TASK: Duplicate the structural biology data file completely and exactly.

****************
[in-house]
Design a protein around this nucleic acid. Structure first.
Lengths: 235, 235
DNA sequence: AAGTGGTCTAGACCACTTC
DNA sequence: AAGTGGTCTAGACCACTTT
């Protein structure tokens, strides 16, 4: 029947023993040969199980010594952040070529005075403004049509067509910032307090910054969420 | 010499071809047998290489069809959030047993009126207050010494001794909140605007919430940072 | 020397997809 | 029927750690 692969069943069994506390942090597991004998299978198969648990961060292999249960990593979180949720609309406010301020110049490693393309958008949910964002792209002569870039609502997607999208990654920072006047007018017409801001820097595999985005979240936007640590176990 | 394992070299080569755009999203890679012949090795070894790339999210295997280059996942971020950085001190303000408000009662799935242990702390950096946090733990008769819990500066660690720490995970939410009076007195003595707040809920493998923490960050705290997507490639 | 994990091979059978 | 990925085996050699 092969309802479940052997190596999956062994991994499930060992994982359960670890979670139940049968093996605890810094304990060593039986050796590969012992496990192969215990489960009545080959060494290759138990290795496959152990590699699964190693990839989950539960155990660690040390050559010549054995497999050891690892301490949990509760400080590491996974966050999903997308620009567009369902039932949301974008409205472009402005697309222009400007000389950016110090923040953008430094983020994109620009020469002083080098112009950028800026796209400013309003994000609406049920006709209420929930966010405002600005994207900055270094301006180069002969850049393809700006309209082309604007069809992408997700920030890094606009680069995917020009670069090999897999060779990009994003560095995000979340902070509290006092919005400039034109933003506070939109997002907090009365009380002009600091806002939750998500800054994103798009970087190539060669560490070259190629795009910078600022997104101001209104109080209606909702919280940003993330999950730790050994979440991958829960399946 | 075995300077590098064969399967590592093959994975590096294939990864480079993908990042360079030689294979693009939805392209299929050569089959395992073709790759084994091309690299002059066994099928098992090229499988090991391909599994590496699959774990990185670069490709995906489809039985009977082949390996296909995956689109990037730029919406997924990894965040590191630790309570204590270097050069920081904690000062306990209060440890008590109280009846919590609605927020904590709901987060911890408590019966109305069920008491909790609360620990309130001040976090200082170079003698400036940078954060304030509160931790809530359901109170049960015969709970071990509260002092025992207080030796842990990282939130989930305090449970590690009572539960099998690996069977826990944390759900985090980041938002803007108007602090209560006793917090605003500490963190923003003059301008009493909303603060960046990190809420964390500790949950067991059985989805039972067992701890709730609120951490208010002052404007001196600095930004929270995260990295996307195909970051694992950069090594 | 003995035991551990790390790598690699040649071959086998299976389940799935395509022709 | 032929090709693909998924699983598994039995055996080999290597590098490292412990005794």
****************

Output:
[in-house]
Design a protein around this nucleic acid. Structure first.
Lengths: 235, 235
DNA sequence: AAGTGGTCTAGACCACTTC
DNA sequence: AAGTGGTCTAGACCACTTT
């Protein structure tokens, strides 16, 4: 029947023993040969199980010594952040070529005075403004049509067509910032307090910054969420 | 010499071809047998290489069809959030047993009126207050010494001794909140605007919430940072 | 020397997809 | 029927750690 692969069943069994506390942090597991004998299978198969648990961060292999249960990593979180949720609309406010301020110049490693393309958008949910964002792209002569870039609502997607999208990654920072006047007018017409801001820097595999985005979240936007640590176990 | 394992070299080569755009999203890679012949090795070894790339999210295997280059996942971020950085001190303000408000009662799935242990702390950096946090733990008769819990500066660690720490995970939410009076007195003595707040809920493998923490960050705290997507490639 | 994990091979059978 | 990925085996050699 092969309802479940052997190596999956062994991994499930060992994982359960670890979670139940049968093996605890810094304990060593039986050796590969012992496990192969215990489960009545080959060494290759138990290795496959152990590699699964190693990839989950539960155990660690040390050559010549054995497999050891690892301490949990509760400080590491996974966050999903997308620009567009369902039932949301974008409205472009402005697309222009400007000389950016110090923040953008430094983020994109620009020469002083080098112009950028800026796209400013309003994000609406049920006709209420929930966010405002600005994207900055270094301006180069002969850049393809700006309209082309604007069809992408997700920030890094606009680069995917020009670069090999897999060779990009994003560095995000979340902070509290006092919005400039034109933003506070939109997002907090009365009380002009600091806002939750998500800054994103798009970087190539060669560490070259190629795009910078600022997104101001209104109080209606909702919280940003993330999950730790050994979440991958829960399946 | 075995300077590098064969399967590592093959994975590096294939990864480079993908990042360079030689294979693009939805392209299929050569089959395992073709790759084994091309690299002059066994099928098992090229499988090991391909599994590496699959774990990185670069490709995906489809039985009977082949390996296909995956689109990037730029919406997924990894965040590191630790309570204590270097050069920081904690000062306990209060440890008590109280009846919590609605927020904590709901987060911890408590019966109305069920008491909790609360620990309130001040976090200082170079003698400036940078954060304030509160931790809530359901109170049960015969709970071990509260002092025992207080030796842990990282939130989930305090449970590690009572539960099998690996069977826990944390759900985090980041938002803007108007602090209560006793917090605003500490963190923003003059301008009493909303603060960046990190809420964390500790949950067991059985989805039972067992701890709730609120951490208010002052404007001196600095930004929270995260990295996307195909970051694992950069090594 | 003995035991551990790390790598690699040649071959086998299976389940799935395509022709 | 032929090709693909998924699983598994039995055996080999290597590098490292412990005794």